It was the illusion created by celebrity that ultimately killed John Lennon by way of one of his biggest fans, Mark David Chapman. Chapman claimed that he had been drawn to Lennon ever since he was ten years old. He loved the Beatles and grew his hair long, just as his hero Lennon did. Chapman imitated Lennon to the degree that he married an older Japanese woman. He identified so closely with the famous man that he began taping “John Lennon” over his own name at work. What matters is that Chapman withdrew further from the so-called real world and retreated into fanaticism, an idealization of celebrity to the nth degree–a world sustained by imitation of his hero.
The burden of the famous is that sense of hero worship that exists outside their control. In their zeal to idealize or crucify, worshippers like Chapman forget that their idol is a human being just like themselves. “They over-analyze facts as quickly as they conveniently omit them,” writes Larry Kane in his book, “Lennon Revealed.” They define and compartmentalize. All the while their fantasy expectations blind them from seeing–or even seeking–the real ideal.” But when and if the real deal comes into view, it can have devastating consequences.
Couple that with a celebrity such as John Lennon who, on innumerable occasions, felt compelled to mingle with his fans. Indeed, he would push past police and bodyguards to engage the ordinary Beatle fan–even to the point of signing an autograph for Mark David Chapman only hours before he was shot. “I have to be honest–let them know what I’m made of,” Lennon said. “I’m not all that perfect or anything and they have to know that.”
In a depressed, paranoid state of mind, Chapman read an October 1980 article in Esquire magazine for which Lennon had refused to be interviewed. The article portrayed Lennon as someone who had sold out the dreams of the 1960s and was now a wealthy recluse. For Chapman, the message was clear: Lennon was a fraud, a fraud that the world would be better off without.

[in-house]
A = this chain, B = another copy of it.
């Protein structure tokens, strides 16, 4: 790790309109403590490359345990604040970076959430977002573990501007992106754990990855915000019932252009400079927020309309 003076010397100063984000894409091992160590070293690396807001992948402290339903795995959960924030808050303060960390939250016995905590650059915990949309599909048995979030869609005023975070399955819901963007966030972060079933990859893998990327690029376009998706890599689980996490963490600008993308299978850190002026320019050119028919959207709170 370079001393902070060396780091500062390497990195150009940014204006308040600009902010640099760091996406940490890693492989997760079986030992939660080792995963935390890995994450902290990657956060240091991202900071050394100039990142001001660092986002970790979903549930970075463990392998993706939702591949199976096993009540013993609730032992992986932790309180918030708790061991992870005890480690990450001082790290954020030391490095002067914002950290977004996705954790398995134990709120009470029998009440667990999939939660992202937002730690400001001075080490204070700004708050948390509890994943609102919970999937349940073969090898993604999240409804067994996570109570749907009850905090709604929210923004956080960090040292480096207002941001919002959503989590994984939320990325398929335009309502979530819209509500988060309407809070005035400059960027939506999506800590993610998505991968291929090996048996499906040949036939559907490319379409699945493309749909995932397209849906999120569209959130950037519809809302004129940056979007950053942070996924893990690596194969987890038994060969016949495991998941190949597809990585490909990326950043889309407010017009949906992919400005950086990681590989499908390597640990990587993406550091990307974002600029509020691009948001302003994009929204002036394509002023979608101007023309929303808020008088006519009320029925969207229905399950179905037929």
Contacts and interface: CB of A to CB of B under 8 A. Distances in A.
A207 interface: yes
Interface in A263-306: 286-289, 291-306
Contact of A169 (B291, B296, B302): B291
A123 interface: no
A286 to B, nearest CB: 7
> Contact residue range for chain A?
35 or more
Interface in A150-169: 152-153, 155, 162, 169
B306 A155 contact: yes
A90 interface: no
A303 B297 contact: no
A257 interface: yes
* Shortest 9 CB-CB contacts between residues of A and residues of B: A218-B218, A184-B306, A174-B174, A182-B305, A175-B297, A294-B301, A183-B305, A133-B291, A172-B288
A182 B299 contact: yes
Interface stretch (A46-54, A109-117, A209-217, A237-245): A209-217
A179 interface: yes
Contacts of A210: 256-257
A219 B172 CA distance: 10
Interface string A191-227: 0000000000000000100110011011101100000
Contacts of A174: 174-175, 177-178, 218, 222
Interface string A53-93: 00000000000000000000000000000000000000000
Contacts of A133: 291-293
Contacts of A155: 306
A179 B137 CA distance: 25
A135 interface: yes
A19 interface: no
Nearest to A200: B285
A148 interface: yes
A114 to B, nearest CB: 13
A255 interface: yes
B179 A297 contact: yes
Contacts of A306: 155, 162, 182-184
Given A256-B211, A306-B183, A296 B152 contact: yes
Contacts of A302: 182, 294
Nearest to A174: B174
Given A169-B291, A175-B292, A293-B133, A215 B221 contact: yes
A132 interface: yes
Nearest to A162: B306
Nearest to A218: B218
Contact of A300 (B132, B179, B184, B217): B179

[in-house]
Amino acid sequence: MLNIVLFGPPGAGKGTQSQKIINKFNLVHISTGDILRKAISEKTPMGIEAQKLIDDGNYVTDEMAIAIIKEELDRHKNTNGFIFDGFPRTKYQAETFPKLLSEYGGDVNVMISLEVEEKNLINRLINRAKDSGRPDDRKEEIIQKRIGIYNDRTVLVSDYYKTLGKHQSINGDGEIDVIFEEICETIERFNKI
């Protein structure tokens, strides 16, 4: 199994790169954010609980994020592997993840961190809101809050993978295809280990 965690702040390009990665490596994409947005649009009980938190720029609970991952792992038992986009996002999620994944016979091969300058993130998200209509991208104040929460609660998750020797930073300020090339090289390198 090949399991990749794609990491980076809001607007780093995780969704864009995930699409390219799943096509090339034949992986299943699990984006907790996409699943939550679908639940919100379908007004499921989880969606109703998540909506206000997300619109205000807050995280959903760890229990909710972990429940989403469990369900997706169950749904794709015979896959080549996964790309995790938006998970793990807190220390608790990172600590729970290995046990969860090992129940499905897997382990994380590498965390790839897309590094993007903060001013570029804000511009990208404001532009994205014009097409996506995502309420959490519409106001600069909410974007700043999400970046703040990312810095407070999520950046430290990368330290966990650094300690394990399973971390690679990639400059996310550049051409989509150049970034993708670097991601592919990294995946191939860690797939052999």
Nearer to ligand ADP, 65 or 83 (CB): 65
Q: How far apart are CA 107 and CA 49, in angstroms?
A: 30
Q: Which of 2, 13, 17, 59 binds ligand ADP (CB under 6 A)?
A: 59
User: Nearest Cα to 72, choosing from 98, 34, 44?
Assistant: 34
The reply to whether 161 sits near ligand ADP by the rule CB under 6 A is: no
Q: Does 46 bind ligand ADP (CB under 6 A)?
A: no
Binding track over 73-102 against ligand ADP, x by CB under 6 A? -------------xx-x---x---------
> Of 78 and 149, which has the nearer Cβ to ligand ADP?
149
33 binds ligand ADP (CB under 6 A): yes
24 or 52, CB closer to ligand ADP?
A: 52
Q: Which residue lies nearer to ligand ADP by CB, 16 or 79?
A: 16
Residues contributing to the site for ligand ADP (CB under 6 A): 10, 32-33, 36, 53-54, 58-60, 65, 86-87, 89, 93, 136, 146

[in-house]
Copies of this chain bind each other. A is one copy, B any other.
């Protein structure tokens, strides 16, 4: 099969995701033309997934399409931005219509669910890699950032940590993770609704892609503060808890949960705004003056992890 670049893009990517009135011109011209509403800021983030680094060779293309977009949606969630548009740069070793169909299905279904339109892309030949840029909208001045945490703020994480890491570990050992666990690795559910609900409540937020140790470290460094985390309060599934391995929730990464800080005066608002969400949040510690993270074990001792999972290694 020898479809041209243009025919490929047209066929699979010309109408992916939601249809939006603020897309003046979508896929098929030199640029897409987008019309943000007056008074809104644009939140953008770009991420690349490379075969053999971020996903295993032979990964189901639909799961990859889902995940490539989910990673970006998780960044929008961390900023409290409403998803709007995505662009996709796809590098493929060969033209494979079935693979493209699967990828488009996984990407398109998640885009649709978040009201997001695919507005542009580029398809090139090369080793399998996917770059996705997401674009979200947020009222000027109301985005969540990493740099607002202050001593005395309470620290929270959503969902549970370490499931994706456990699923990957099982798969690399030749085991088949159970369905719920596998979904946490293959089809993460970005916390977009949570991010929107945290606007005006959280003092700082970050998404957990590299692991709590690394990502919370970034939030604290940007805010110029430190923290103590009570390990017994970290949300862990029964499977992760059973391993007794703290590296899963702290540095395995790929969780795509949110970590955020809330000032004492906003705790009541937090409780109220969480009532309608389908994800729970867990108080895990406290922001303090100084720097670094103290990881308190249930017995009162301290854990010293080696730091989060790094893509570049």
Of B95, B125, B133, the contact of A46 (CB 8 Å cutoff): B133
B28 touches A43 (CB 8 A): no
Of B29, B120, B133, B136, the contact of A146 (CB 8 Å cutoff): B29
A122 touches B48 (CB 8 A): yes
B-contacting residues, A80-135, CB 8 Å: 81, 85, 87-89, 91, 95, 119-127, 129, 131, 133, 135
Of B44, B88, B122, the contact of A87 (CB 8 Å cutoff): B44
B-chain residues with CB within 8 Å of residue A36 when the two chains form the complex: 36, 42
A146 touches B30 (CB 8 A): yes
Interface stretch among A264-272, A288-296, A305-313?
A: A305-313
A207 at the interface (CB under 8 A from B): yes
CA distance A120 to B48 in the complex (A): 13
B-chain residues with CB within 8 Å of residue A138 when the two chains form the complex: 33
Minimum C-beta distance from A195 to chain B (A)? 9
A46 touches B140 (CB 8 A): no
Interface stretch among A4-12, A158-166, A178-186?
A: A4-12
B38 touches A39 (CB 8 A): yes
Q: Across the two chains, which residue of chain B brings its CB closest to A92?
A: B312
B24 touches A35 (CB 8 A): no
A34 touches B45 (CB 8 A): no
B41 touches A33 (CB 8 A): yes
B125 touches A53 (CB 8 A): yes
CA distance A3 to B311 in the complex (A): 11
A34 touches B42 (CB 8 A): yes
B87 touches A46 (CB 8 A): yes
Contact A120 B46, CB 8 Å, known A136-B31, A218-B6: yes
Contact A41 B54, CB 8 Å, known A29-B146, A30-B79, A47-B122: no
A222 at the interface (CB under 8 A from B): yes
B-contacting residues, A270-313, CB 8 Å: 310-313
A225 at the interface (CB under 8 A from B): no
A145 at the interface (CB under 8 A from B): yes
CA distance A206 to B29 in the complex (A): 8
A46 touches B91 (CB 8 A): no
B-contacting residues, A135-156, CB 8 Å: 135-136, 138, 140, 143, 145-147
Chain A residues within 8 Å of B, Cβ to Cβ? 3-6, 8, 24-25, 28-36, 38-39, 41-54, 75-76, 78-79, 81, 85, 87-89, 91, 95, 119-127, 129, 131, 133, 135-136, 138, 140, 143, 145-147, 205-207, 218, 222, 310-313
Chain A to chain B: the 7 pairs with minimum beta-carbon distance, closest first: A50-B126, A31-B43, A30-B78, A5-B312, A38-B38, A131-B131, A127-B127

Chapman the fan discovered that Lennon the celebrity was human like he was and unable to transcend the trials and tribulations of everyday life. Not surprisingly, Chapman reacted with disbelief and disillusionment. The fan felt cheated and swindled.
The idea of Lennon severing himself from the illusion of celebrity proved to be too much for Mark David Chapman to bear. On December 8, 1980, Chapman waited outside Lennon’s apartment building and assassinated John Lennon as he returned from a late-night recording session.
Yet in death Lennon became larger than life. Perhaps no human being in contemporary culture has been written about more than John Lennon. The analysis of his life and times matches the sort of detailed scrutiny usually reserved for the careers of world leaders. Thus, the ghost of John Lennon, the celebrity, haunts us still.
(Constitutional attorney and author John W. Whitehead is founder and president of The Rutherford Institute. He can be contacted at email@example.com. Information about The Rutherford Institute is available at www.rutherford.org.)